The smarter members of the BRW Rich List can recognise a bubble in a
market and take advantage by selling out to some over-exuberant buyer.

Brisbane property player and large Unitab shareholder Kevin
Seymour is a classic example as he sells off his portfolio. He was
joined by Melbourne’s billionaire Besen family who on Friday will
receive a cheque for $621 million from GPT in return for 50% and
management rights in the Highpoint shopping centre in Melbourne’s west.

This morning, another billionaire, Lang Walker, is out there declaring on the front page of The AFR
that his $1 billion-plus property portfolio is also up for sale. And
why not, given the stupid prices that various superannuation-driven
institutions are prepared to pay.

With the All Ordinaries breaking through 5000, the question of cashing
out some if not all of your investments is surely something that many
other Australians should be considering.

The Federal Government is certainly continuing its approach of selling
everything that isn’t nailed down and the decision to get rid of
Medibank Private appears perfectly timed given the reliance of that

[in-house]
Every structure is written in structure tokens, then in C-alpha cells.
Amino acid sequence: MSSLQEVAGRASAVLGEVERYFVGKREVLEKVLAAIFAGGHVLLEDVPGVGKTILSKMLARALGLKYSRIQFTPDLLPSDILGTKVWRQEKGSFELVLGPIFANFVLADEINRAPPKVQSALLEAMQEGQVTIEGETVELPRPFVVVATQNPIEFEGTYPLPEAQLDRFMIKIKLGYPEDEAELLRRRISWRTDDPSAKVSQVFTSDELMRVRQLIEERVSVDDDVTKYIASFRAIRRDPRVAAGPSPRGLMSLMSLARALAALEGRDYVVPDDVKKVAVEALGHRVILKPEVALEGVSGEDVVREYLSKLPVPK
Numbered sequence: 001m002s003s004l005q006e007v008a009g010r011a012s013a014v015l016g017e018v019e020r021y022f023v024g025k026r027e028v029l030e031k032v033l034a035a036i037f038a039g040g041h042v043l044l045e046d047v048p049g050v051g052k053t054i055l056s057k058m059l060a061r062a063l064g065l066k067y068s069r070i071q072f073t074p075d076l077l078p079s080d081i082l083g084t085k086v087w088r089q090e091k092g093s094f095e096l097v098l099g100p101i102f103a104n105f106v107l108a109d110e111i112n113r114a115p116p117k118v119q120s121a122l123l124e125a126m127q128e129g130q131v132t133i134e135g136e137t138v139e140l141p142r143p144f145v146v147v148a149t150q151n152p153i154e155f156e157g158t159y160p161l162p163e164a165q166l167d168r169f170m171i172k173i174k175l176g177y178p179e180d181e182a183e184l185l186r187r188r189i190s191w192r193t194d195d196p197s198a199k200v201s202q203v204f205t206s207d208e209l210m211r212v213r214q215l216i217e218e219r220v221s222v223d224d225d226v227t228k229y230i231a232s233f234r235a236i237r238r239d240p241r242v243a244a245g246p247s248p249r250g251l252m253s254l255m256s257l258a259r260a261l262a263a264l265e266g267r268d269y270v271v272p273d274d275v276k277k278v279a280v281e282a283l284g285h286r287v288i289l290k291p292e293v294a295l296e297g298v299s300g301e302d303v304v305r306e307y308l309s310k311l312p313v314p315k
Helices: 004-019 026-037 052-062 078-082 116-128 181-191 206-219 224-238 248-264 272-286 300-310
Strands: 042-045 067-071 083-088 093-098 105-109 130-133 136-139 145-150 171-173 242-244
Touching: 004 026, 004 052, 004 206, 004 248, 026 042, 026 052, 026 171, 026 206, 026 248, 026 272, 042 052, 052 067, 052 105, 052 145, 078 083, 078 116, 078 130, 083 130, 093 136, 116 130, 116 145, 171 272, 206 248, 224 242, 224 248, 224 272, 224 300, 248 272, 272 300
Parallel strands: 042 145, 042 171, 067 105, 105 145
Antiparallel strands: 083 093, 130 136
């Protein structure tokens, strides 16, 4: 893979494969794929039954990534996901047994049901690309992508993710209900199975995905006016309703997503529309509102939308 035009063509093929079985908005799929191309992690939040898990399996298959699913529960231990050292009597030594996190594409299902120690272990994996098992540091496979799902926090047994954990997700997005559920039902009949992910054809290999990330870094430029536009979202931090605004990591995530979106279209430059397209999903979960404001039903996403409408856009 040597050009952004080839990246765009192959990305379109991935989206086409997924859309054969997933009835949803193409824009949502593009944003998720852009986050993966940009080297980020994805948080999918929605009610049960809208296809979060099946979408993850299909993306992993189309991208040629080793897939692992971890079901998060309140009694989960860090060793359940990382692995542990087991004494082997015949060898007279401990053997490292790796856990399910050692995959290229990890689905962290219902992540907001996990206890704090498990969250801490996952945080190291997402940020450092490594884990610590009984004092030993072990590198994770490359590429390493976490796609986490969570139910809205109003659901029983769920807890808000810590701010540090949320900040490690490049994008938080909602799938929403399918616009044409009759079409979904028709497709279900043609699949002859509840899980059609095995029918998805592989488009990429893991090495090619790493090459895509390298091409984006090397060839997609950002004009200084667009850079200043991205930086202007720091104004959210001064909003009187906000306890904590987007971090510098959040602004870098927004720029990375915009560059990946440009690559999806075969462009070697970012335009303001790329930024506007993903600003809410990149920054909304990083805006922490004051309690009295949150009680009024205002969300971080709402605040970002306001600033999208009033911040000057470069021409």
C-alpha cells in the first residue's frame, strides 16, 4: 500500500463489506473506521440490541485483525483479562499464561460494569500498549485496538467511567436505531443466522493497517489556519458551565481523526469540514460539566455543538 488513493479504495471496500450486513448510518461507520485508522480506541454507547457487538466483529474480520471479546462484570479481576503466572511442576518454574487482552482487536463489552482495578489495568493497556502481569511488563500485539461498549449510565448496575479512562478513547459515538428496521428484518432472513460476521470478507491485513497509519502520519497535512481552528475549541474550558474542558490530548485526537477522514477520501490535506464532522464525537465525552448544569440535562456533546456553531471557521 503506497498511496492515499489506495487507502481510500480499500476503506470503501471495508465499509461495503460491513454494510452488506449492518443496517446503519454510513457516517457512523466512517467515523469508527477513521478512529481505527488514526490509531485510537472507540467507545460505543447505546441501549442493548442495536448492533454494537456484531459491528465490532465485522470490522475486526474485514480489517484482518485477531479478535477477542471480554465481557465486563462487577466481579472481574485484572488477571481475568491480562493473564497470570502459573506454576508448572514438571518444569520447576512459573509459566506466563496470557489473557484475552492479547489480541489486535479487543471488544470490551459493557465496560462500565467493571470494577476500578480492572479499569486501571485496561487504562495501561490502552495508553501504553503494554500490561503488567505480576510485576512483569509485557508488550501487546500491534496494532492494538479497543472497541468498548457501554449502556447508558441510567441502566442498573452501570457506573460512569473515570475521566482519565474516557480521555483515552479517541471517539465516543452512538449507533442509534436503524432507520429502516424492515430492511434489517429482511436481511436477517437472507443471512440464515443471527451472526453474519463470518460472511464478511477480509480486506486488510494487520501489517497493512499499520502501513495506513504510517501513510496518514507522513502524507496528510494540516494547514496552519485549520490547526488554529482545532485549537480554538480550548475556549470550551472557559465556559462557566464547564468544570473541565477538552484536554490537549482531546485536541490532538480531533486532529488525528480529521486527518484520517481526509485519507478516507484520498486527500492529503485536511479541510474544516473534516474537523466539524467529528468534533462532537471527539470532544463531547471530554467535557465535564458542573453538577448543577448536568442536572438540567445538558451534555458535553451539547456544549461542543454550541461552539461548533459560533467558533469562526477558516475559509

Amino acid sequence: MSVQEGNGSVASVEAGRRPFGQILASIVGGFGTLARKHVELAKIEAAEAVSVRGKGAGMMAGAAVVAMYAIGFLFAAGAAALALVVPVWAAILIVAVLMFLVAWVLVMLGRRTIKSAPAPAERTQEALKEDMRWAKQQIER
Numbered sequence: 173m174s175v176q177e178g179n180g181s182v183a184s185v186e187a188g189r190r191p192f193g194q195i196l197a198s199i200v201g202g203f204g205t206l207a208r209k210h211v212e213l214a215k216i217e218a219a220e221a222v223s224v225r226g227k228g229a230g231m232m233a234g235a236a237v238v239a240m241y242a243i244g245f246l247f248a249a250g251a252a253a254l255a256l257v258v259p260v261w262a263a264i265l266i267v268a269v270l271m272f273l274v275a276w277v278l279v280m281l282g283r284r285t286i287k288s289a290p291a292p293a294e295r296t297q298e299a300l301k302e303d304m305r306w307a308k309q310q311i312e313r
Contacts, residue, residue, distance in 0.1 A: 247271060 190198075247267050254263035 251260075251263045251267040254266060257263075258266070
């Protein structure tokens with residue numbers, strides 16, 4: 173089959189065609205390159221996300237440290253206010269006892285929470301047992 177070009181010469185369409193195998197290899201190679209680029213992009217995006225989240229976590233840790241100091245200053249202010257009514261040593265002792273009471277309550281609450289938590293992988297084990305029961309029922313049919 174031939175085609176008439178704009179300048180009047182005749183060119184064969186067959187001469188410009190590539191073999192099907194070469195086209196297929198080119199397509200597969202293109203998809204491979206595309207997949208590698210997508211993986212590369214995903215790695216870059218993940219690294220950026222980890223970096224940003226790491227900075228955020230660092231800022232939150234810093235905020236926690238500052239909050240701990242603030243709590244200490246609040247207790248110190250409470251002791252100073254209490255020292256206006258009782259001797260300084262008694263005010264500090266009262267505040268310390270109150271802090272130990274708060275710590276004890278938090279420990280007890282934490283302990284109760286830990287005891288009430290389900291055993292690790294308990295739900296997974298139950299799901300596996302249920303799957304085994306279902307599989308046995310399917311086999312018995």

business on equity returns.

However, the government and the Reserve Bank board should also
seriously consider dumping their remaining 80 million tonnes of gold. As this RBA table
shows, the market value of the holding has soared from $1.4 billion to
almost $2 billion over the 14 months to February and yesterday’s surge
past a record $800 an ounce valued the holding at $2.25 billion.

All this makes the decision to dump 167 tonnes for $2.43 billion in 1997 pretty stupid. It also makes this radio interview
John Howard did in Kalgoorlie on 19 April 1999 look different too. The
PM gloated that no sale “would have cost our federal reserves very
dearly”, the decision was “very intelligent” and “it was an astute
decision … given the movements in the value and the market price of
gold on world markets”.

Hmmm, we fetched $412 an ounce at the time. If we’d held on to the
stake until today we could have sold it for $4.7 billion, rather than
the $2.43 billion we fetched. Oh well, what’s a $2.3 billion
opportunity cost between friends.

Sure, we should consider what the RBA did with the money and any
returns it generated, but it was John Howard who was gloating on radio
about getting his timing right, so he should be asked today whether he
now has any regrets.

At the very least, the RBA should consider dumping the rest of their holding with gold at a record high.